Mr. Denton on Doomsday
|"Mr. Denton on Doomsday"|
|The Twilight Zone episode|
|Episode no.||Season 1|
|Directed by||Allen Reisner|
|Written by||Rod Serling|
|Featured music||Stock music|
|Cinematography by||George T. Clemens|
|Original air date||October 16, 1959|
"Mr. Denton on Doomsday" is episode three of the American television anthology series The Twilight Zone. It originally aired on October 16, 1959 on CBS. It was the first Twilight Zone episode to be rerun.
Portrait of a town drunk named Al Denton. This is a man who's begun his dying early—a long, agonizing route through a maze of bottles. Al Denton, who would probably give an arm or a leg or a part of his soul to have another chance, to be able to rise up and shake the dirt from his body and the bad dreams that infest his consciousness. [The camera pans up to a figure standing before a stagecoach] In the parlance of the times, this is a peddler, a rather fanciful-looking little man in a black frock coat. [A revolver mysteriously appears on the ground next to Denton] And this is the third principal character of our story. Its function: perhaps to give Mr. Al Denton his second chance.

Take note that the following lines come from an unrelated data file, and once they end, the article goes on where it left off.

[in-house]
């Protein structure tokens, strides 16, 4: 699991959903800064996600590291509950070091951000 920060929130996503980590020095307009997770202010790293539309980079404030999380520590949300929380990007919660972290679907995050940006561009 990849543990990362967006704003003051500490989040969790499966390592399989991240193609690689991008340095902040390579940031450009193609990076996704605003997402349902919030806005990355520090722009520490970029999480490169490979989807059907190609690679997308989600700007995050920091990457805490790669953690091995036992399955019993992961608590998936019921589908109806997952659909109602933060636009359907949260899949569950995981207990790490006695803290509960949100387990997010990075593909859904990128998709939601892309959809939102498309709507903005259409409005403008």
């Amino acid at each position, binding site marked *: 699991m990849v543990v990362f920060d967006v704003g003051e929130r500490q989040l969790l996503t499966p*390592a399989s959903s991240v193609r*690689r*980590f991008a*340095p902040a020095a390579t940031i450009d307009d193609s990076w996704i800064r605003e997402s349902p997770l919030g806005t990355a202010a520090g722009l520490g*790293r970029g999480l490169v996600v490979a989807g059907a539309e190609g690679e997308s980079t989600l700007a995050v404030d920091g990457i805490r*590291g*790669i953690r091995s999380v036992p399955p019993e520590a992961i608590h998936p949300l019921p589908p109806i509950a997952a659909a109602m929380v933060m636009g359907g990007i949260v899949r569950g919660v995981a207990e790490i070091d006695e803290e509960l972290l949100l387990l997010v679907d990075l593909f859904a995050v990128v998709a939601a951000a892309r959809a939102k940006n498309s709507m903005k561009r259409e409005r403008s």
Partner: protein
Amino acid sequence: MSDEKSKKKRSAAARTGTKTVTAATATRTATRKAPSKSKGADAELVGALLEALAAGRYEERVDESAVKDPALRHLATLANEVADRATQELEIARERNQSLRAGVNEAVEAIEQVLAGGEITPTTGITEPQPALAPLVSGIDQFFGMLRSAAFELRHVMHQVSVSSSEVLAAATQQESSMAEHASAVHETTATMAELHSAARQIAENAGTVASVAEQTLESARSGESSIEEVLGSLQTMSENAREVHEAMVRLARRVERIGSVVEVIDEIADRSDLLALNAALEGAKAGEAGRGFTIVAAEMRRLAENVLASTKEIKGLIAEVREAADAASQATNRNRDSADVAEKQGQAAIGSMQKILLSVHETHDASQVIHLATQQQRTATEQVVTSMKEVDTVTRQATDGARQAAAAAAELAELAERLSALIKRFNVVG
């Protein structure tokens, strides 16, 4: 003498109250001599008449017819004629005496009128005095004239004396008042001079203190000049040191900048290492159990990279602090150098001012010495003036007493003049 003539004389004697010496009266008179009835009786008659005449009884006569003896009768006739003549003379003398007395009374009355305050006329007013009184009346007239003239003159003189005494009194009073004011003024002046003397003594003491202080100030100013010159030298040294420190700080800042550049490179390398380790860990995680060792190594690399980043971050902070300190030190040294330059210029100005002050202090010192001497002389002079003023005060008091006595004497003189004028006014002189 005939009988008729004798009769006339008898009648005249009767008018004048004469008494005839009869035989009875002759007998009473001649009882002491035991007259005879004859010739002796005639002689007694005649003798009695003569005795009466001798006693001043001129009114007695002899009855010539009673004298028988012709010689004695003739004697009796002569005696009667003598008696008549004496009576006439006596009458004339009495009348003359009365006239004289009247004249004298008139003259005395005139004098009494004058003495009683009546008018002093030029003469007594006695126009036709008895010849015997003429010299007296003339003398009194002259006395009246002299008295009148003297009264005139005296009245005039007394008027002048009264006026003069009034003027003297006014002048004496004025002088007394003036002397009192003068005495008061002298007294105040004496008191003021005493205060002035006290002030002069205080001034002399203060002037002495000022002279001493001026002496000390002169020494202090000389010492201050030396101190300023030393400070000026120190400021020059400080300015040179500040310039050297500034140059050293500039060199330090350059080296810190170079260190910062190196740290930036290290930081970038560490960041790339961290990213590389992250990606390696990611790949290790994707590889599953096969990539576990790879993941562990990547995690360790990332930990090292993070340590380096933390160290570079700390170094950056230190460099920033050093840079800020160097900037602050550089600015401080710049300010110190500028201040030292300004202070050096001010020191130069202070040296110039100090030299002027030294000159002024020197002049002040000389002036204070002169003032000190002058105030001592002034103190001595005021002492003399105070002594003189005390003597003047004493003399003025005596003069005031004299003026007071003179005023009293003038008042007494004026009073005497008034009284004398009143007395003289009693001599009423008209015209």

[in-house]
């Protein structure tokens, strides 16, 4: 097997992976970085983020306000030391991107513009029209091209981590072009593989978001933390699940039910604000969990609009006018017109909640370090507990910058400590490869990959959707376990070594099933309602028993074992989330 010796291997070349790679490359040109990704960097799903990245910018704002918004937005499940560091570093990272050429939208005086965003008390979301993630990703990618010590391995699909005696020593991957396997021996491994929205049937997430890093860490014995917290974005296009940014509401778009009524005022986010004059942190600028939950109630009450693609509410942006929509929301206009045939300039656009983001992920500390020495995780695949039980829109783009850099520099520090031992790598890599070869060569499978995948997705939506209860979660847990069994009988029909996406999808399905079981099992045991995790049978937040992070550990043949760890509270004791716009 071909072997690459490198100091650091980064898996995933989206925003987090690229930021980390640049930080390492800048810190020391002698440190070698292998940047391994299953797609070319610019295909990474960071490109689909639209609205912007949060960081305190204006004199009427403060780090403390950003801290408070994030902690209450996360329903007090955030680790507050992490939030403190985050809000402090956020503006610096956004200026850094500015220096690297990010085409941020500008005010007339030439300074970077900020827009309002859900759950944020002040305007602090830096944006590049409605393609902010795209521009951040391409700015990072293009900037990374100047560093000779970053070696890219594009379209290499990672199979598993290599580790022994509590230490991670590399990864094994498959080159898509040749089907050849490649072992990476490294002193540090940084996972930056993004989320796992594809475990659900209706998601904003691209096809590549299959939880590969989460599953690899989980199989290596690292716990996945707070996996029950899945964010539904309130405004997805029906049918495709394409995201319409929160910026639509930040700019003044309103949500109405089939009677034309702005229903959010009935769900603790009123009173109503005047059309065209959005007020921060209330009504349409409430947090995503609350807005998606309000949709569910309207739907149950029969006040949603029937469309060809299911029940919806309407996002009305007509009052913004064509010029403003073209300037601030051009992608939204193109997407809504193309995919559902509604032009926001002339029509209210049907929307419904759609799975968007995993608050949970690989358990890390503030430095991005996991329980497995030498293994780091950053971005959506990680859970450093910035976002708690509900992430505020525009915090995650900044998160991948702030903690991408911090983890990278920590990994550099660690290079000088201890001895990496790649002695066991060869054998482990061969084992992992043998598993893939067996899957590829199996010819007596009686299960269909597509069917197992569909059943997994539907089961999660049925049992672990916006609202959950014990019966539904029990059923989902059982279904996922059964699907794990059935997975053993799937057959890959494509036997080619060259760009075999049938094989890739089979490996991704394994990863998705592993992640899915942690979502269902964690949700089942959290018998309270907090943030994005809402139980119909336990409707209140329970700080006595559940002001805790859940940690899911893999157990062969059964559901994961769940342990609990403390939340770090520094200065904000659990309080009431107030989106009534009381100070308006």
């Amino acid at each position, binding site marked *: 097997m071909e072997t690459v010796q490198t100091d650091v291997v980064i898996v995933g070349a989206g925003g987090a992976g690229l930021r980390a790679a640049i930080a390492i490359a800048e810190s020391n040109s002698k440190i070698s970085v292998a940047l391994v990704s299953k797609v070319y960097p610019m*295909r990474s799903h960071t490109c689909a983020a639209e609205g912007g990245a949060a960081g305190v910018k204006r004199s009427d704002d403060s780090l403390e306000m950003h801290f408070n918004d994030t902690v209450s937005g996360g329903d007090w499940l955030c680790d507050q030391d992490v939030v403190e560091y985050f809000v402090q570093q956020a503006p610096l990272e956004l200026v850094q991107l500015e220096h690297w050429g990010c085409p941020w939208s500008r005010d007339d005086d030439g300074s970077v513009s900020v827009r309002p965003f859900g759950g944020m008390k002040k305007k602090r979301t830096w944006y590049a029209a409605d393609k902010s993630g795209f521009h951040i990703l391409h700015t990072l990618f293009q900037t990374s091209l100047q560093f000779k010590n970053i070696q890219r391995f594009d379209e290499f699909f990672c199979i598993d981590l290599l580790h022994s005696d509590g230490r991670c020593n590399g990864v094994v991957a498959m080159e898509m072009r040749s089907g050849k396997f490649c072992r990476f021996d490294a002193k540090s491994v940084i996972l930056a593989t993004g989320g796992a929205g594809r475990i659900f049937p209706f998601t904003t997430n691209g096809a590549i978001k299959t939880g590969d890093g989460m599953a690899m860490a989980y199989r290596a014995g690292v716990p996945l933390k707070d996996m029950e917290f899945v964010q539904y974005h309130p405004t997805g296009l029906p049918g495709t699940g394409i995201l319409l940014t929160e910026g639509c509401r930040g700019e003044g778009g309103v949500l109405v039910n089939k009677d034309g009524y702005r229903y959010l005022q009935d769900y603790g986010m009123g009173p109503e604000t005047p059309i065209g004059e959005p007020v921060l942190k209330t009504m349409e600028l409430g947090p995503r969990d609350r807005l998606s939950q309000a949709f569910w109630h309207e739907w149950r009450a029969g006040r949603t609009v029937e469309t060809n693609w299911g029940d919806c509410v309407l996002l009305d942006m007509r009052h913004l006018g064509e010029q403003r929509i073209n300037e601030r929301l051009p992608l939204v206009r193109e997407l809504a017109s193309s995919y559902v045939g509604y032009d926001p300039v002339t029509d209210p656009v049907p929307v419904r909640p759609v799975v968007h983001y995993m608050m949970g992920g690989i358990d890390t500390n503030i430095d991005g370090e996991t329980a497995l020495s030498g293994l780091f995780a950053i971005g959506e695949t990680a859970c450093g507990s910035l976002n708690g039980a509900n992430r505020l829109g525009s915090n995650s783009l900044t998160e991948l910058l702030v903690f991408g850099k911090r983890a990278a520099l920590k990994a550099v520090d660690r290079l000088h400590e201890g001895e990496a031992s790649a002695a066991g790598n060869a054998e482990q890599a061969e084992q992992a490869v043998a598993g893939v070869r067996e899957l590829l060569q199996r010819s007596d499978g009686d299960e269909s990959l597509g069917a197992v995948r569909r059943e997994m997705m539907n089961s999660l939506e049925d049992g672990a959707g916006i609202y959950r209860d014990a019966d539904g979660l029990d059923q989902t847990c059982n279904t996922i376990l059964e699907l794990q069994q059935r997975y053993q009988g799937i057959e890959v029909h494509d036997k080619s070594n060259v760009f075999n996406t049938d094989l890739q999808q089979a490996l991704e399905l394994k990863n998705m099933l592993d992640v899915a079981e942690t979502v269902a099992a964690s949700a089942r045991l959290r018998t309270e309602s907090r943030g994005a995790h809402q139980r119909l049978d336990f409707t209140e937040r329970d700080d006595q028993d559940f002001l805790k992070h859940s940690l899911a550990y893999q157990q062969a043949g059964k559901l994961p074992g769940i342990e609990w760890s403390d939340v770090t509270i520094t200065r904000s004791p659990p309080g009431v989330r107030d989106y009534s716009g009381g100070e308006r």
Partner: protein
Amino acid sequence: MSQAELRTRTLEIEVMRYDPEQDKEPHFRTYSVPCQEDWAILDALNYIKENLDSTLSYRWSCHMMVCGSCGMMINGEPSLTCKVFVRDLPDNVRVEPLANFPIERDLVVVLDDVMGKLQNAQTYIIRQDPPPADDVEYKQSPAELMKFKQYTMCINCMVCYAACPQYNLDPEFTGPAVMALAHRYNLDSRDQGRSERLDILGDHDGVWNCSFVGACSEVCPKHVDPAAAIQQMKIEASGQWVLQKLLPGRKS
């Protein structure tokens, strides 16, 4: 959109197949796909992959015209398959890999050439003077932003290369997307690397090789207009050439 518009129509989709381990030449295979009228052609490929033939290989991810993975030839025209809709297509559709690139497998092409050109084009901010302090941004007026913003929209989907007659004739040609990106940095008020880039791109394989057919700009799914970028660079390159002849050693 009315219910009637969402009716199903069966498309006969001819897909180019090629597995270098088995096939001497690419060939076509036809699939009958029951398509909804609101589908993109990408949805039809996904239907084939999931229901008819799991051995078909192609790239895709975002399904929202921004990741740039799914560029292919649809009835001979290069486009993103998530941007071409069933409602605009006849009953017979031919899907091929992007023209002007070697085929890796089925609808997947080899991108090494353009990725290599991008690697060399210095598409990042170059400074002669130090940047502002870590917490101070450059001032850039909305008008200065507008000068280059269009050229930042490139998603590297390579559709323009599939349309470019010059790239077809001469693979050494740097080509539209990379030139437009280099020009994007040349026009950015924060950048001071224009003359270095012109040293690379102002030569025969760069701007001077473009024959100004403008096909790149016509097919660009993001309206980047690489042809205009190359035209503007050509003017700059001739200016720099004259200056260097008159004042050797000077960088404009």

Al Denton was once known as the quickest draw in town, but riddled with increasing guilt over the losers in his gun duels (one of whom was a teenage boy), he became an alcoholic wreck and the laughingstock of the community. A mysterious salesman named Henry J. Fate causes Denton to inexplicably regain his expert shooting touch and once again inspire the respect and awe of the townsfolk; Denton explains to Liz, a saloon girl, that this will only cause reputation-hungry gunslingers from miles around to seek him out and, inevitably, kill him. He cleans himself up and goes sober but only, he says, so as to die with dignity. Just as Denton predicted, soon enough a challenge is delivered which Denton dares not refuse.